Advances in immunology data analysis have taken this field into the realm of “Big Data.” Flow cytometers can now measure dozens of parameters, and complementary techniques like mass cytometry can deliver data that requires sophisticated data analysis methods. Modern data analysis approaches have also revolutionized personalized immunotherapy and improved diagnostics.
Flow Cytometry Blog
Flow cytometry is a powerful way to characterize protein expression at the single cell level, but new techniques are now using flow cytometry to measure RNA expression within individual cells. The PrimeFlow RNA assay is a method for measuring RNA in cells that is based on the fluorescent in situ hybridization technique (FISH) in which sequence-specific oligonucleotide probes are used together with DNA and fluorescent labels to specifically detect and amplify the signal for a specific RNA target. Consider these key features of PrimeFlow as you decide if it would be a valuable addition to your cell analysis toolkit.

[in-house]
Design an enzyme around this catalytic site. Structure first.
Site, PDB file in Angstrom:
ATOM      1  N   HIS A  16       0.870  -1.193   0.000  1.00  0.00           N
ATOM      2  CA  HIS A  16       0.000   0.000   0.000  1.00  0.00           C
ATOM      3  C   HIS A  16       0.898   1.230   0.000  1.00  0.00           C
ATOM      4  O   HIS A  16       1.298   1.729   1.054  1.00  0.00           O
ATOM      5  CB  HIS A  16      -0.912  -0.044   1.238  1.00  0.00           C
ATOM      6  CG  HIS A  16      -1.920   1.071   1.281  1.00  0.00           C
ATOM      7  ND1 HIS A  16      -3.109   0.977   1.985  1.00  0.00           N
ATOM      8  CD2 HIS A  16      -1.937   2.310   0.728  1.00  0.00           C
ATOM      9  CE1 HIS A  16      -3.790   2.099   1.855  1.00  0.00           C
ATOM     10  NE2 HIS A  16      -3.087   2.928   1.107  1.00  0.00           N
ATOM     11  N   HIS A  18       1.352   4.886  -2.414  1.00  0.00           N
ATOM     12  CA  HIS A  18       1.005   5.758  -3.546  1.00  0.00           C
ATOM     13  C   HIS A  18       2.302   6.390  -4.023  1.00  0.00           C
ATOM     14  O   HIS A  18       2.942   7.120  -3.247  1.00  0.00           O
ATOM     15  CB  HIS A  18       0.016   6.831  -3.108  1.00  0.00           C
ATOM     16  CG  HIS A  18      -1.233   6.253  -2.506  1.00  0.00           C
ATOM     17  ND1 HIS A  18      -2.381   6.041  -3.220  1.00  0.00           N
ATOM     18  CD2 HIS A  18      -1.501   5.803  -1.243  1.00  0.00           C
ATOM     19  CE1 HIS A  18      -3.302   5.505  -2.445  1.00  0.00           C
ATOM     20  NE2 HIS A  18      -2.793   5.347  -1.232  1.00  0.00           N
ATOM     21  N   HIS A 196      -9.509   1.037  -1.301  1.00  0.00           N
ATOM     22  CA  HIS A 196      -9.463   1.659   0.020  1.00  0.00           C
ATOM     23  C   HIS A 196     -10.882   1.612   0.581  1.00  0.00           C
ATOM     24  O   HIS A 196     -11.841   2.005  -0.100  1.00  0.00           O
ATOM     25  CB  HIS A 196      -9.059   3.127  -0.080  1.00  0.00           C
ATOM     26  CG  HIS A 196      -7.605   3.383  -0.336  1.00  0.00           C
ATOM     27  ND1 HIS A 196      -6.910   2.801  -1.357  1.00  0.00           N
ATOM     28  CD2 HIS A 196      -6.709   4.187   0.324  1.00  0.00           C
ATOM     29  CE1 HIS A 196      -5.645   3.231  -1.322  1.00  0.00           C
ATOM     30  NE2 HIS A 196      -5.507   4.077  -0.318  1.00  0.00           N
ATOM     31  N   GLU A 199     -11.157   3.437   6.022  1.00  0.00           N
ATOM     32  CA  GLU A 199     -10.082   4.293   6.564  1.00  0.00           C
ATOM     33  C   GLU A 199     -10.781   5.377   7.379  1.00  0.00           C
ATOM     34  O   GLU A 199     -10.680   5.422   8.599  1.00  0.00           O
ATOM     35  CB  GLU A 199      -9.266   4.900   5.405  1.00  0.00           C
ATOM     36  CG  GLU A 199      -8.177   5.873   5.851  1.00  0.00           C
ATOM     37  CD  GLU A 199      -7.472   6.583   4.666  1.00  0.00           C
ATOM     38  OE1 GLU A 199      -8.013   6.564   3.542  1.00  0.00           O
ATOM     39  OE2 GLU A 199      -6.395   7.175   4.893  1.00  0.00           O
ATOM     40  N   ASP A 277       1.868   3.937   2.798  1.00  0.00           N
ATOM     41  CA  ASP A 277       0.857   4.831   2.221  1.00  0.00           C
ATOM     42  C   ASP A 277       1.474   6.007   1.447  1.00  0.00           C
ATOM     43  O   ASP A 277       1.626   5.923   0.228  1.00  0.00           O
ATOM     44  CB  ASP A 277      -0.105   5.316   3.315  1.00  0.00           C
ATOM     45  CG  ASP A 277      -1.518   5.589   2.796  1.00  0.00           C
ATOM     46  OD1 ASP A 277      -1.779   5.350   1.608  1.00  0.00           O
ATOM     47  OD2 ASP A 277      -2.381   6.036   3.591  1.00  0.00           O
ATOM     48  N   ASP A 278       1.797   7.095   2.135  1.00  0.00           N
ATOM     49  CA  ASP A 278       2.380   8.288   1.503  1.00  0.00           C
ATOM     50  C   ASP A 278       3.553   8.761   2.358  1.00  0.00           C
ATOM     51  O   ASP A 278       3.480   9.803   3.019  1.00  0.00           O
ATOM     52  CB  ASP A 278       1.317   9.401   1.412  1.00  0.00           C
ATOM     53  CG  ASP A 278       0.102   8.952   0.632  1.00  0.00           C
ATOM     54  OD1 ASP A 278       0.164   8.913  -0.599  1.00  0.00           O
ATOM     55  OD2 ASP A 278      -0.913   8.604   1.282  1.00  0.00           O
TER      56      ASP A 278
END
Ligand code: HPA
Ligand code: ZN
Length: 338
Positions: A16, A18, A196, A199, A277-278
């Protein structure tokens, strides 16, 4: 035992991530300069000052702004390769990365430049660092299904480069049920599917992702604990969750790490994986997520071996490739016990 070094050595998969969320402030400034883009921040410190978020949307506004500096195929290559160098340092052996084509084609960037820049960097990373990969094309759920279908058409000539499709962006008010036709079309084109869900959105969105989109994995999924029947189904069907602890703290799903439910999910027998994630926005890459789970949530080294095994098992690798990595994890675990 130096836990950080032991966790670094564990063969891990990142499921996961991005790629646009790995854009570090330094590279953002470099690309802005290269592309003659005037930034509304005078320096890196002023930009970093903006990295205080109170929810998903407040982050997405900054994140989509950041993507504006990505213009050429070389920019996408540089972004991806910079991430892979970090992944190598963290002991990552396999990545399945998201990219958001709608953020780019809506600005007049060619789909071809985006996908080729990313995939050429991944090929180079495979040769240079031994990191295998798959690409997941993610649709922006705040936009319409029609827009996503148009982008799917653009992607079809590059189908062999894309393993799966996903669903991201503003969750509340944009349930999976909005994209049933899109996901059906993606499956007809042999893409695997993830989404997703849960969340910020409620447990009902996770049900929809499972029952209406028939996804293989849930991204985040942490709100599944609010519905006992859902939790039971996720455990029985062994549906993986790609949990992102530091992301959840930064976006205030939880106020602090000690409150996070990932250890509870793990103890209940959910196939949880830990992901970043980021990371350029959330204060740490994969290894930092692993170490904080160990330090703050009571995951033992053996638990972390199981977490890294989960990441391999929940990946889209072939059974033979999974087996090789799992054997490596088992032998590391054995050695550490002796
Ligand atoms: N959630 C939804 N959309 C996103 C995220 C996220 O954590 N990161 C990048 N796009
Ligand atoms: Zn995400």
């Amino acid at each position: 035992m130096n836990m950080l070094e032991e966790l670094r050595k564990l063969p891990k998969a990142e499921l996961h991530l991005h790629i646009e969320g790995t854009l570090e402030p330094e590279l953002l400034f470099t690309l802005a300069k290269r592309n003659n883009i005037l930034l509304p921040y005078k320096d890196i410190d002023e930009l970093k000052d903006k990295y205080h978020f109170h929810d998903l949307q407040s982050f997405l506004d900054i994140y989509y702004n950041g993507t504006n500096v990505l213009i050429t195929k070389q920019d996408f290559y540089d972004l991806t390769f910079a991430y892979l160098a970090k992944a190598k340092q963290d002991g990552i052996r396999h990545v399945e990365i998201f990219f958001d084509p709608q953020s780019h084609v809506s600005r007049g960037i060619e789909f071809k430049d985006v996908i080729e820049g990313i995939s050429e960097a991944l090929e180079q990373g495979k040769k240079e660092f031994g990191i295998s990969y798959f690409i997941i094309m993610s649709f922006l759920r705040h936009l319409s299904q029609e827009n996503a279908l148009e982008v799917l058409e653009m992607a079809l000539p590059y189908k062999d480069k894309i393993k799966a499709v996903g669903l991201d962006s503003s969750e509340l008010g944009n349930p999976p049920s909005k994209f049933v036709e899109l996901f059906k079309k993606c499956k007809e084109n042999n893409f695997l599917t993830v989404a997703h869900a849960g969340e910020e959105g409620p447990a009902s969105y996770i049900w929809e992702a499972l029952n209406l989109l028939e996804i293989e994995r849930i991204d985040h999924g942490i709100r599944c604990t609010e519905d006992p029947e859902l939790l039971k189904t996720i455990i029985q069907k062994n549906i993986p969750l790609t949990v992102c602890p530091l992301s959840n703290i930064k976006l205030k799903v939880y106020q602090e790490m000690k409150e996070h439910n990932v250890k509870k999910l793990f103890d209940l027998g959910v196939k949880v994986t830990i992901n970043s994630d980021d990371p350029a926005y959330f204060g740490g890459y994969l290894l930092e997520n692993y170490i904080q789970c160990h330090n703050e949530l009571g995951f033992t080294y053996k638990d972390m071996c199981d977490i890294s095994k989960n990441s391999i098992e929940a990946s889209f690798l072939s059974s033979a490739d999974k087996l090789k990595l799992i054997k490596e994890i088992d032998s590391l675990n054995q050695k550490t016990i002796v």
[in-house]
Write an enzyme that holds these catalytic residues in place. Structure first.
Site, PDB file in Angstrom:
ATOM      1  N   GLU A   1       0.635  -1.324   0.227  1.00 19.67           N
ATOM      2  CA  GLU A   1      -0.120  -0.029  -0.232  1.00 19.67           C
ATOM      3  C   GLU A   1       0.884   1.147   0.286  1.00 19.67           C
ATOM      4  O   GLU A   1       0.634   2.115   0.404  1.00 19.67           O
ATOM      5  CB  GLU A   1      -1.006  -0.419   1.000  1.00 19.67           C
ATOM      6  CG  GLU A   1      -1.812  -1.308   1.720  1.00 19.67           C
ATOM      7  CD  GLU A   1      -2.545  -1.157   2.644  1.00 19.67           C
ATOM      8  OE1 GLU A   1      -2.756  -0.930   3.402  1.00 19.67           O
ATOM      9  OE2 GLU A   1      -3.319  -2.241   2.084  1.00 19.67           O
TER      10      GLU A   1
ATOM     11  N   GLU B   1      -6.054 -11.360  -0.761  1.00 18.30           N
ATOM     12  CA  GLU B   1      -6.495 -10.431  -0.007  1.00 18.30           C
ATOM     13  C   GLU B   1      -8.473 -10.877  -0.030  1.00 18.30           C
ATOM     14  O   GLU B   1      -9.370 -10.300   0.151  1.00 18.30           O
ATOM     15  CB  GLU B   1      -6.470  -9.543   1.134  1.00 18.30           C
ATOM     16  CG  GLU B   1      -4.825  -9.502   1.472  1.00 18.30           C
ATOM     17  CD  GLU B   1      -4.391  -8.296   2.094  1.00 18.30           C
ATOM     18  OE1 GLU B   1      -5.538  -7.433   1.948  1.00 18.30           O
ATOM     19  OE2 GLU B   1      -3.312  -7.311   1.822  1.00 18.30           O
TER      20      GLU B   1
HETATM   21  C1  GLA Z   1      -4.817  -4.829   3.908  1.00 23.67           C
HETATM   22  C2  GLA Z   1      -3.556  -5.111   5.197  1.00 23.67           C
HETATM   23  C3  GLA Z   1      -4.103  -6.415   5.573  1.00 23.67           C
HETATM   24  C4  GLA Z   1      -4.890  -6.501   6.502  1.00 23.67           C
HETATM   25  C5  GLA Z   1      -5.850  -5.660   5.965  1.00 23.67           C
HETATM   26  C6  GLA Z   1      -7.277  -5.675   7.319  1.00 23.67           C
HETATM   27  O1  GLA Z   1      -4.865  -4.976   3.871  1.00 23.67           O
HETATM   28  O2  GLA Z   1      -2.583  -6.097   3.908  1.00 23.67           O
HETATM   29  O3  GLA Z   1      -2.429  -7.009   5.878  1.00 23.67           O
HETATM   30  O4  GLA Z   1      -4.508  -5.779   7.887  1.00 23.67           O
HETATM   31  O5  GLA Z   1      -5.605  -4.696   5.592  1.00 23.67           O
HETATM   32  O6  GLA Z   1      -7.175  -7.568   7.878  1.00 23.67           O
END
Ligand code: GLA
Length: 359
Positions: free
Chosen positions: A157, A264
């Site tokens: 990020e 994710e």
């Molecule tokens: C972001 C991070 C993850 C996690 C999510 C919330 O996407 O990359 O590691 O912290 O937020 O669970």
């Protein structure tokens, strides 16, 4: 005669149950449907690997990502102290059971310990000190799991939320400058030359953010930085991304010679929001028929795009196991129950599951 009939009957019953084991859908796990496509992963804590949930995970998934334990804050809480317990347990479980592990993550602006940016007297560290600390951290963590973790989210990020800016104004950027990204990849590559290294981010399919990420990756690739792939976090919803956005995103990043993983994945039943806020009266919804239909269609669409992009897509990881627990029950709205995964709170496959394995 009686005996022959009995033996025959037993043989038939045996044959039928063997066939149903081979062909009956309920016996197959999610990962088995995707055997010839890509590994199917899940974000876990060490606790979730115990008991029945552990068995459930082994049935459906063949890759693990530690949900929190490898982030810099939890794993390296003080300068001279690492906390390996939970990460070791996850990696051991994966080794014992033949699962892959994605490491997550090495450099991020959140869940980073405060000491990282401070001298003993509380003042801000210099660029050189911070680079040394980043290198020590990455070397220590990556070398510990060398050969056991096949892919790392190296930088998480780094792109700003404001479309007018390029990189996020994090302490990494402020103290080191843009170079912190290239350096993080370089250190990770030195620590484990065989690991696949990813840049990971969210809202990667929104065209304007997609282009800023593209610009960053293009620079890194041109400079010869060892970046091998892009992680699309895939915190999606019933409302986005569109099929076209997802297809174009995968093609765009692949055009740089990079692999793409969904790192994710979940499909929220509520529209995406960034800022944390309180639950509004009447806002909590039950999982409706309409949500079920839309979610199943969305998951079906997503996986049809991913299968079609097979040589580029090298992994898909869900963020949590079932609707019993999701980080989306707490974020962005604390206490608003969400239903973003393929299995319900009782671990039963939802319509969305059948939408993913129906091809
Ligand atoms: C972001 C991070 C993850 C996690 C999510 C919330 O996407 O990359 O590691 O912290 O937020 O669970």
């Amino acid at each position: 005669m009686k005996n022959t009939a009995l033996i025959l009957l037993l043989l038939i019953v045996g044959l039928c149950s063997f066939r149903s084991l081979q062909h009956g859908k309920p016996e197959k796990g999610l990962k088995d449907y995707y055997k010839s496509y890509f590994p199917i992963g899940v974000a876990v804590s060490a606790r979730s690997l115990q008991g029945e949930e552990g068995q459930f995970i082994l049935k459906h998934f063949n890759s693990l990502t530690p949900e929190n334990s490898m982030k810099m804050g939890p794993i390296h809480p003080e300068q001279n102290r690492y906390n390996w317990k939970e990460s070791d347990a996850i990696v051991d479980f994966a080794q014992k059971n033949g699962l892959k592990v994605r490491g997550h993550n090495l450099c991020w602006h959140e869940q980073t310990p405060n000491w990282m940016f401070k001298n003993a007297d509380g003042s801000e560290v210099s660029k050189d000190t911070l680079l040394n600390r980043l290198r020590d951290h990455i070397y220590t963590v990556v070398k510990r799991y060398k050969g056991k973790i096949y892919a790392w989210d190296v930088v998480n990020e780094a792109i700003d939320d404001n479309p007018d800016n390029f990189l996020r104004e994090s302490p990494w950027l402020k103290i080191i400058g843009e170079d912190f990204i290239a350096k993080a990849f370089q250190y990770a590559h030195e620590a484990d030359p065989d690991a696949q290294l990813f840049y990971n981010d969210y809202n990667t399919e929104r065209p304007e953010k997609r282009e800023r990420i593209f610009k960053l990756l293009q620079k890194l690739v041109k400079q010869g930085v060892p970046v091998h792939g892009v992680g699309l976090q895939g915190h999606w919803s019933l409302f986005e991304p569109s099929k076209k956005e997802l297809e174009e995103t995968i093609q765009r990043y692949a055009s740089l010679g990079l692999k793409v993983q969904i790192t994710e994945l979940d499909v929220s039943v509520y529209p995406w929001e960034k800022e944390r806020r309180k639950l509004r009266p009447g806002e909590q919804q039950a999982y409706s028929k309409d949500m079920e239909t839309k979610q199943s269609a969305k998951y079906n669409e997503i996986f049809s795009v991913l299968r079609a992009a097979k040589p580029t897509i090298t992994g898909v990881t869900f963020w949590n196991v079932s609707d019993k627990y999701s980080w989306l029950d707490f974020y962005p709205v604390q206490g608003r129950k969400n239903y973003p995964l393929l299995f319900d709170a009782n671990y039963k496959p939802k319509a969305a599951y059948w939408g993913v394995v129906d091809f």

Fluorescent-Activated Cell Sorting (FACS) is a flow cytometry-based technique in which cells are stained with fluorescently labeled antibodies and sorted based on pre-defined staining parameters that are specific to different cell types. FACS users must consider multiple factors when designing and running a FACS experiment. Consider these three factors as you plan and carry out your next FACS experiment.
When it comes to handing over your precious research samples to a contract research organization (CRO), how do you know you are outsourcing to the right company? Larger CROs seem to offer every type of analysis available, from genomics to histopathology. But specialty CROs may be a better option, especially if you need sophisticated techniques and data analysis.
Have you ever started a flow cytometry run and you cannot see any cells? This can be an alarming feeling, but some straightforward troubleshooting can usually help you find your missing cells. Check out these three questions to tackle common issues associated with disappearing cells.